It seems that sometimes in our lives inspiration and great joy come from the most unlikely places. Recently, I had a chance to attend a Stanley Cup Playoff game at the PPG Arena in Pittsburgh, Pennsylvania. But this blog is not about the Penguins.
After being on the road for most of the week, I was back in my old hometown to visit my father, who over the past few years has lost his eyesight to macular degeneration and has begun to battle the challenges many eighty-eight-year-olds face. After spending several days being with my father and doing a little home repair work, I was planning to fly back home to Seattle.
But the Pens won their second-round series the day I arrived and a very kind and generous friend and his wife invited me to attend the first playoff game in the eastern conference finals against the Ottawa (Canada) Senators in Pittsburgh, if I’d change my flight. Despite being tired from a long week, and frankly a little depressed about my father’s deteriorating health, I was excited to see the game with them and their wonderful twelve-year-old son, who’s like a nephew to me.
We met at my hotel and walked to the game among a sea of black and gold clad fans, peppered with a few Ottawa fans dressed in their team’s red jerseys. As I entered the arena, I felt the pride and sprit of the city rising within, seeing the great fans of Pittsburgh who’d sold out the arena for nearly five hundred consecutive games.
After grabbing a few souvenirs, along with a hot dog and a beer, we made our way to our seats as the rumbling music and roaring fans watched the players take the ice. The arena was a sea of gold—a ‘gold out’ my friend’s son explained. Colorful lights and lasers roamed the ice as the Pens video played on the giant screen above center ice. Then, the teams took their places on their blue lines, removed their helmets and rested their sticks on the ice, as they always do in advance of the national anthem.
I’d seen the Penguins’ games on TV, and when they play the national anthem it’s an emotional event. In Pittsburgh, a town that came from the hard working, tough as nails steel business and that developed the reputation for having some of the toughest and most loyal fans in the country, everyone sings the national anthem. Like many Americans, for me the anthem stirs an emotional pride of all that’s come before, including all the sacrifices others made, to allow that moment to happen.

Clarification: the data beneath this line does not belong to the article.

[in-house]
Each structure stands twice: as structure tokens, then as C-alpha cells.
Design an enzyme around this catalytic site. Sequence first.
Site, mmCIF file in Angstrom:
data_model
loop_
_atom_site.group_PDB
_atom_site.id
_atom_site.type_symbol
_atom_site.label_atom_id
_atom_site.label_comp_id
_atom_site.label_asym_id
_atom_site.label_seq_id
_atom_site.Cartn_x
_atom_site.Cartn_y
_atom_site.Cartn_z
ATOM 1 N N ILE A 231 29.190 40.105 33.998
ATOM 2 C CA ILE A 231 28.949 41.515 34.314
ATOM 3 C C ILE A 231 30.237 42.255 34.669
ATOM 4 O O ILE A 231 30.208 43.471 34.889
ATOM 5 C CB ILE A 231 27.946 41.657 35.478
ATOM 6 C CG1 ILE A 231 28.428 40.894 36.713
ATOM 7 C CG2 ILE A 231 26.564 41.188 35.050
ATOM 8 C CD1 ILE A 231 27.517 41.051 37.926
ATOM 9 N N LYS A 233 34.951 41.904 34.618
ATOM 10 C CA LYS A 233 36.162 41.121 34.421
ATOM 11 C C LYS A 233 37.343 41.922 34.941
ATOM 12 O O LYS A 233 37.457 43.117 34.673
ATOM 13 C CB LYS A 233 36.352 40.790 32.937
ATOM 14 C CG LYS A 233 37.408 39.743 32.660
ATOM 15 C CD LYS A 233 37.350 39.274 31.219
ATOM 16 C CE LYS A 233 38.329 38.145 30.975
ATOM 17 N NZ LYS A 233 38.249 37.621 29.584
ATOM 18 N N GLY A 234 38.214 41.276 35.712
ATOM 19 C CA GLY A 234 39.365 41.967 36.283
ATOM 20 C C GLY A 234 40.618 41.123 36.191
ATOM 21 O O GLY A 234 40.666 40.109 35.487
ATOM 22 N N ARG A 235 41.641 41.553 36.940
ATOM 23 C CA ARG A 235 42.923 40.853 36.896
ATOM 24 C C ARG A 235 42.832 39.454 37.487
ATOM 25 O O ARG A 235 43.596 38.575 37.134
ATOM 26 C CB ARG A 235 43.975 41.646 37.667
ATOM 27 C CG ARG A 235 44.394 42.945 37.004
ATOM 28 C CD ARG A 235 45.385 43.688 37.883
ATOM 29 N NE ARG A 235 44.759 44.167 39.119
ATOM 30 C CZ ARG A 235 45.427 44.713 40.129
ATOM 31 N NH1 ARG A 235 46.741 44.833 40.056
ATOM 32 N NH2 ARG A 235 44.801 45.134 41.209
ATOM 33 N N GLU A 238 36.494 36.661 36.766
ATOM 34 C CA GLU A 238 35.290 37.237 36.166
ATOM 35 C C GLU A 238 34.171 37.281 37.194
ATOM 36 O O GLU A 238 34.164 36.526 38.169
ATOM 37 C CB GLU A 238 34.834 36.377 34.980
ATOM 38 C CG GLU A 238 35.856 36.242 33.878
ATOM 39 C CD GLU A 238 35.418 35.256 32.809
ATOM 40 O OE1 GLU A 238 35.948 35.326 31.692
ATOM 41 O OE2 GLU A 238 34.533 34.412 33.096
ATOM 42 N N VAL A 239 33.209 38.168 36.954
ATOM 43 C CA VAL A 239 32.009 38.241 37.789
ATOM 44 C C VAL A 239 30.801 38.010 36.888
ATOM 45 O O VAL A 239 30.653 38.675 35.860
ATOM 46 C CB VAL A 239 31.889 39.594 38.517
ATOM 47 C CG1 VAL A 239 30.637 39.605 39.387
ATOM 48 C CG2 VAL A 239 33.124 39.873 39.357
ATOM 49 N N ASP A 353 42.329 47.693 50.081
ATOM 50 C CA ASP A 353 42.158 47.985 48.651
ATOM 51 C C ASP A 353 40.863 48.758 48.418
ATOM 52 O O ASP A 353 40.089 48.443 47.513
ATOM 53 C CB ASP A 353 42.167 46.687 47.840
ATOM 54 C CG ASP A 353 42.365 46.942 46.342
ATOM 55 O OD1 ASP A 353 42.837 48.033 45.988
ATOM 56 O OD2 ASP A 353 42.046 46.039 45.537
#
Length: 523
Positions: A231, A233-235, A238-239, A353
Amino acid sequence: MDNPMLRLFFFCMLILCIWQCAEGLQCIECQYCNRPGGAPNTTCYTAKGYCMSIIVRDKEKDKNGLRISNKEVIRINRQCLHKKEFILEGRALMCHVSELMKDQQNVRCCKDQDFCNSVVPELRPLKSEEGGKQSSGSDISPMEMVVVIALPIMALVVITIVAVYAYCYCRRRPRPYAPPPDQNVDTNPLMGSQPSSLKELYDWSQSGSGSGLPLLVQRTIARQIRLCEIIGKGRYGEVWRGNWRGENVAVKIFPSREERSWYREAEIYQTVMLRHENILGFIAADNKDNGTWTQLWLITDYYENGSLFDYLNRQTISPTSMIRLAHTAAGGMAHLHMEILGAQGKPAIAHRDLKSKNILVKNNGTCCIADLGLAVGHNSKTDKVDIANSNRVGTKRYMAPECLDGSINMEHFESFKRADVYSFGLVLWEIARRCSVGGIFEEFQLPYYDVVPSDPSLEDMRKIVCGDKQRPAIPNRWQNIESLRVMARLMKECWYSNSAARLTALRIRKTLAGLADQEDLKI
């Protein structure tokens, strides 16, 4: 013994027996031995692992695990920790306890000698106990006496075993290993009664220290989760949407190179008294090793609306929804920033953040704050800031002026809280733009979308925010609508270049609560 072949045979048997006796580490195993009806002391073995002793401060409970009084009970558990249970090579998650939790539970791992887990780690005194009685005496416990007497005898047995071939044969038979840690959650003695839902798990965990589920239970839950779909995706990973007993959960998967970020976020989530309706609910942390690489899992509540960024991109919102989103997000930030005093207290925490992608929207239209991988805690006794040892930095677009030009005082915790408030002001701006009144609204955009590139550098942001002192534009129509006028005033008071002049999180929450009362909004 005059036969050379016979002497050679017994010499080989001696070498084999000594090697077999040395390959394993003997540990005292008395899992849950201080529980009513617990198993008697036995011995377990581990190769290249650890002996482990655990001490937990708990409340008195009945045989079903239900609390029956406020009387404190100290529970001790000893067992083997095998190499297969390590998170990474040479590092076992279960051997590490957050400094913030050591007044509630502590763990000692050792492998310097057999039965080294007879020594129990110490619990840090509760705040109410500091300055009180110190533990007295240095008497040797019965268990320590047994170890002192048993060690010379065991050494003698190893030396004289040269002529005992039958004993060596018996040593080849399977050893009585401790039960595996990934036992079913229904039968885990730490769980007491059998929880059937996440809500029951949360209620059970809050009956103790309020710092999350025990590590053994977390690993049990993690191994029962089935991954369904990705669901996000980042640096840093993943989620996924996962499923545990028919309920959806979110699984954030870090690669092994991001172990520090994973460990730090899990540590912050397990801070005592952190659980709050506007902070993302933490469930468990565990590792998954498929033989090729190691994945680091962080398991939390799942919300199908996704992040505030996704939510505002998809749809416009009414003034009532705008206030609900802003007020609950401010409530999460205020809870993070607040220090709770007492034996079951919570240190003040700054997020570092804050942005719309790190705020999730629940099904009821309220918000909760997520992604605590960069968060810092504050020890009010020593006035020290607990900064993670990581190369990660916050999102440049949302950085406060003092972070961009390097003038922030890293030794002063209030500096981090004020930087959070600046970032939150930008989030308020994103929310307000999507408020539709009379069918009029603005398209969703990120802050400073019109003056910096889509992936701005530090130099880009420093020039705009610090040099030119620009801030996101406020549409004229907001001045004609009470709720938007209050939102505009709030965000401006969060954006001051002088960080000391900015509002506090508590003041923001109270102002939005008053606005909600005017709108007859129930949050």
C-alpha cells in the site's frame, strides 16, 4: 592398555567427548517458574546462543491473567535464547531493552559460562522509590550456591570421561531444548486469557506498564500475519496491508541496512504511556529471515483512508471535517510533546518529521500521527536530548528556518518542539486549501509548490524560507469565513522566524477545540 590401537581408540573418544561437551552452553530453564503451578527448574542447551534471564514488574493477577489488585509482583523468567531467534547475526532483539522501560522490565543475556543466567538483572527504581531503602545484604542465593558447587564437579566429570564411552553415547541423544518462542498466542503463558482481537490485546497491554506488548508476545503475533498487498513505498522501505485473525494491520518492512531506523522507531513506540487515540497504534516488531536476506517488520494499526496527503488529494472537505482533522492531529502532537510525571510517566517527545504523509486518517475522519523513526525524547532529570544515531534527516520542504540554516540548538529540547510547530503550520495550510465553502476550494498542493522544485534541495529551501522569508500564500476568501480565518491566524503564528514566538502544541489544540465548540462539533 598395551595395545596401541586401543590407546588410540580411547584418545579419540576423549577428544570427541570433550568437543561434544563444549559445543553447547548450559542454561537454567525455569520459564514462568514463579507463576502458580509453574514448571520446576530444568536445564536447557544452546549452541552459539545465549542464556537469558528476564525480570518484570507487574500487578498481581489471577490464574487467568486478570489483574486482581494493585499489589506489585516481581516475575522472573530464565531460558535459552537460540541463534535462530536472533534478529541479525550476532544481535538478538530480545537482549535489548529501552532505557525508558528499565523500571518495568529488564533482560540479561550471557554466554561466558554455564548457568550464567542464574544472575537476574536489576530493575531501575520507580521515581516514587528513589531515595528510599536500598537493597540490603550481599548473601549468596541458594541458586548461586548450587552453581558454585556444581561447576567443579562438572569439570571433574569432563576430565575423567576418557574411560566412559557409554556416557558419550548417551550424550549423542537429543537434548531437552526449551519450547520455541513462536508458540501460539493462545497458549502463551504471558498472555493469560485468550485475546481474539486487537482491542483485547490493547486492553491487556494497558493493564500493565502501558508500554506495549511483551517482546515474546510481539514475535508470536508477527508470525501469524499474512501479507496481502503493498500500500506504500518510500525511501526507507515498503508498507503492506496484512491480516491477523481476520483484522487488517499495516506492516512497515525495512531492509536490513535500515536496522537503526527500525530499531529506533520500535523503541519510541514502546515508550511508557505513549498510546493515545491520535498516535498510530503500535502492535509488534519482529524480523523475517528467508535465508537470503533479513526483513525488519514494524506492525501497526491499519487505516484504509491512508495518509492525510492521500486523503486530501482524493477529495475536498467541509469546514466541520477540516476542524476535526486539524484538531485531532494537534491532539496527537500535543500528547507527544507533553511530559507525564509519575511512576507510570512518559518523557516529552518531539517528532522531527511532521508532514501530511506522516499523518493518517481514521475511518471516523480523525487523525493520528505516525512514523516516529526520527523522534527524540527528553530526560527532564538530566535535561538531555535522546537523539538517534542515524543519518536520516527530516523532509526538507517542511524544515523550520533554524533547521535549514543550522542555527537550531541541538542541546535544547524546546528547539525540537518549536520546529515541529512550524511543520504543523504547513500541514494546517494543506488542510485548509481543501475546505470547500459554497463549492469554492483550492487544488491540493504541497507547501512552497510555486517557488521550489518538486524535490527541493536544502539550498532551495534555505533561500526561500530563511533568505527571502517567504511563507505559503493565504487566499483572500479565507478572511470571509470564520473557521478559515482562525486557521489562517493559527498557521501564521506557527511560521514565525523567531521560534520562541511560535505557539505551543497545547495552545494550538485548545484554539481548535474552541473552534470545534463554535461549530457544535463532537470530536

So, I was ready. This would be a moment to remember. You could hear a pin drop, just before the announcer said, please remove your hats and join us in singing the national anthem. I removed my Penguins cap and placed it over my heart and cleared my throat to join in. The singer walked to the ice and raised the mic in the spotlight…and everyone started singing the national anthem—of Canada! Not just listening, singing, loudly, all the words. They had the words on the scoreboard, but it seemed most knew the words as if they’d done it before. I was overwhelmed with pride and emotion as twenty thousand Americans sang O Canada at the top of their lungs. When they finished and cheered, they sang our national anthem with a pride and spirit that was as special as the first anthem.
Pittsburgh is a melting pot. It was built on the hard work of proud immigrants from around the world. And you could see that as their descendants and their transplanted neighbors showed that night. With all the challenges going on in the world, the fans of Pittsburgh made me very proud to be an American. For me, they didn’t need to drop the puck. I had gotten more than my money’s worth already.
While the Pens lost to the Senators that night, I was not disappointed (I still would like them to win the Stanley Cup!). If you wanted to see the effect of such a simple benevolent act, all you had to do was be with me as I was walking out of the stadium with my friends’ young son. Packed in a stairwell, he stopped and high-fived a grinning kid half his age, dressed in an Ottawa jersey, and told him and his father their team played a great game. O Say Can You See…